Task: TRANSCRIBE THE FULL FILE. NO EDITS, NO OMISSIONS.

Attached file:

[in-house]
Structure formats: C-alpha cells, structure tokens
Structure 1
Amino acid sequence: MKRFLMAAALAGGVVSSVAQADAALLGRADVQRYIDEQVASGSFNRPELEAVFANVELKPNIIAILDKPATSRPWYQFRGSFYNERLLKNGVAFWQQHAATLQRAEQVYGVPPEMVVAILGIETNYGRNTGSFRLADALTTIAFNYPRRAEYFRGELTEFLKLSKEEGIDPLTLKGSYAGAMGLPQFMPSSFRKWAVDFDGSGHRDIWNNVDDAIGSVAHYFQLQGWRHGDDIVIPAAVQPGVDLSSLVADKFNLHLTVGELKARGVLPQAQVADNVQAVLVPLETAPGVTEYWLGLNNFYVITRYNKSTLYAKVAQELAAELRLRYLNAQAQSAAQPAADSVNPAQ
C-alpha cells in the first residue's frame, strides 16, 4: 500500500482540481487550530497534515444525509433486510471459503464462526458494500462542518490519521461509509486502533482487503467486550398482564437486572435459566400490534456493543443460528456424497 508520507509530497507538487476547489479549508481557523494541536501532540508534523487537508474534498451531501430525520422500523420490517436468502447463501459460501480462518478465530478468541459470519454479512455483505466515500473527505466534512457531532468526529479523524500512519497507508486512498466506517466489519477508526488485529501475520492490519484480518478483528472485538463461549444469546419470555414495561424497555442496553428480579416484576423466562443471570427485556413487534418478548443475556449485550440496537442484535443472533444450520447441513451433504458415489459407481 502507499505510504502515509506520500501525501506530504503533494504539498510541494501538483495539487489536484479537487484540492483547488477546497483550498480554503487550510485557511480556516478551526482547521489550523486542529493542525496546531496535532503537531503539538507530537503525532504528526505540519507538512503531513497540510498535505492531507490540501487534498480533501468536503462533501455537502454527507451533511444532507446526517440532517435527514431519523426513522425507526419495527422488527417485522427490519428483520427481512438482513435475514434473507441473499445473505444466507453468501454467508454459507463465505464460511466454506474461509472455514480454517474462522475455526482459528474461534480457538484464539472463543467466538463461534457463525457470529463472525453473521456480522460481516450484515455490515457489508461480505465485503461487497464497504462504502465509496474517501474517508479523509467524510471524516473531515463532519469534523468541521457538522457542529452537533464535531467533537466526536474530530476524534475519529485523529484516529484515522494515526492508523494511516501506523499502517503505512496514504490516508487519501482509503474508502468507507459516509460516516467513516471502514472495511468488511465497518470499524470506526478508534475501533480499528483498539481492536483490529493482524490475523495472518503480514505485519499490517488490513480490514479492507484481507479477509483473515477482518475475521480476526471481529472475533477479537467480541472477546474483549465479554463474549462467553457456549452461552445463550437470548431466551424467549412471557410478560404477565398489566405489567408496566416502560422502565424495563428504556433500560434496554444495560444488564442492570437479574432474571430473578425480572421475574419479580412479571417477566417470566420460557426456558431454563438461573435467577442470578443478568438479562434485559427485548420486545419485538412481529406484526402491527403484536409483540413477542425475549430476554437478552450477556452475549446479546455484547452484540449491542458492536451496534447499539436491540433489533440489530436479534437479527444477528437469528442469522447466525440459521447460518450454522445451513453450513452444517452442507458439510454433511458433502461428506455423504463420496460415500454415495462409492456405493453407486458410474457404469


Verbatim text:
[in-house]
Structure formats: C-alpha cells, structure tokens
Structure 1
Amino acid sequence: MKRFLMAAALAGGVVSSVAQADAALLGRADVQRYIDEQVASGSFNRPELEAVFANVELKPNIIAILDKPATSRPWYQFRGSFYNERLLKNGVAFWQQHAATLQRAEQVYGVPPEMVVAILGIETNYGRNTGSFRLADALTTIAFNYPRRAEYFRGELTEFLKLSKEEGIDPLTLKGSYAGAMGLPQFMPSSFRKWAVDFDGSGHRDIWNNVDDAIGSVAHYFQLQGWRHGDDIVIPAAVQPGVDLSSLVADKFNLHLTVGELKARGVLPQAQVADNVQAVLVPLETAPGVTEYWLGLNNFYVITRYNKSTLYAKVAQELAAELRLRYLNAQAQSAAQPAADSVNPAQ
C-alpha cells in the first residue's frame, strides 16, 4: 500500500482540481487550530497534515444525509433486510471459503464462526458494500462542518490519521461509509486502533482487503467486550398482564437486572435459566400490534456493543443460528456424497 508520507509530497507538487476547489479549508481557523494541536501532540508534523487537508474534498451531501430525520422500523420490517436468502447463501459460501480462518478465530478468541459470519454479512455483505466515500473527505466534512457531532468526529479523524500512519497507508486512498466506517466489519477508526488485529501475520492490519484480518478483528472485538463461549444469546419470555414495561424497555442496553428480579416484576423466562443471570427485556413487534418478548443475556449485550440496537442484535443472533444450520447441513451433504458415489459407481 502507499505510504502515509506520500501525501506530504503533494504539498510541494501538483495539487489536484479537487484540492483547488477546497483550498480554503487550510485557511480556516478551526482547521489550523486542529493542525496546531496535532503537531503539538507530537503525532504528526505540519507538512503531513497540510498535505492531507490540501487534498480533501468536503462533501455537502454527507451533511444532507446526517440532517435527514431519523426513522425507526419495527422488527417485522427490519428483520427481512438482513435475514434473507441473499445473505444466507453468501454467508454459507463465505464460511466454506474461509472455514480454517474462522475455526482459528474461534480457538484464539472463543467466538463461534457463525457470529463472525453473521456480522460481516450484515455490515457489508461480505465485503461487497464497504462504502465509496474517501474517508479523509467524510471524516473531515463532519469534523468541521457538522457542529452537533464535531467533537466526536474530530476524534475519529485523529484516529484515522494515526492508523494511516501506523499502517503505512496514504490516508487519501482509503474508502468507507459516509460516516467513516471502514472495511468488511465497518470499524470506526478508534475501533480499528483498539481492536483490529493482524490475523495472518503480514505485519499490517488490513480490514479492507484481507479477509483473515477482518475475521480476526471481529472475533477479537467480541472477546474483549465479554463474549462467553457456549452461552445463550437470548431466551424467549412471557410478560404477565398489566405489567408496566416502560422502565424495563428504556433500560434496554444495560444488564442492570437479574432474571430473578425480572421475574419479580412479571417477566417470566420460557426456558431454563438461573435467577442470578443478568438479562434485559427485548420486545419485538412481529406484526402491527403484536409483540413477542425475549430476554437478552450477556452475549446479546455484547452484540449491542458492536451496534447499539436491540433489533440489530436479534437479527444477528437469528442469522447466525440459521447460518450454522445451513453450513452444517452442507458439510454433511458433502461428506455423504463420496460415500454415495462409492456405493453407486458410474457404469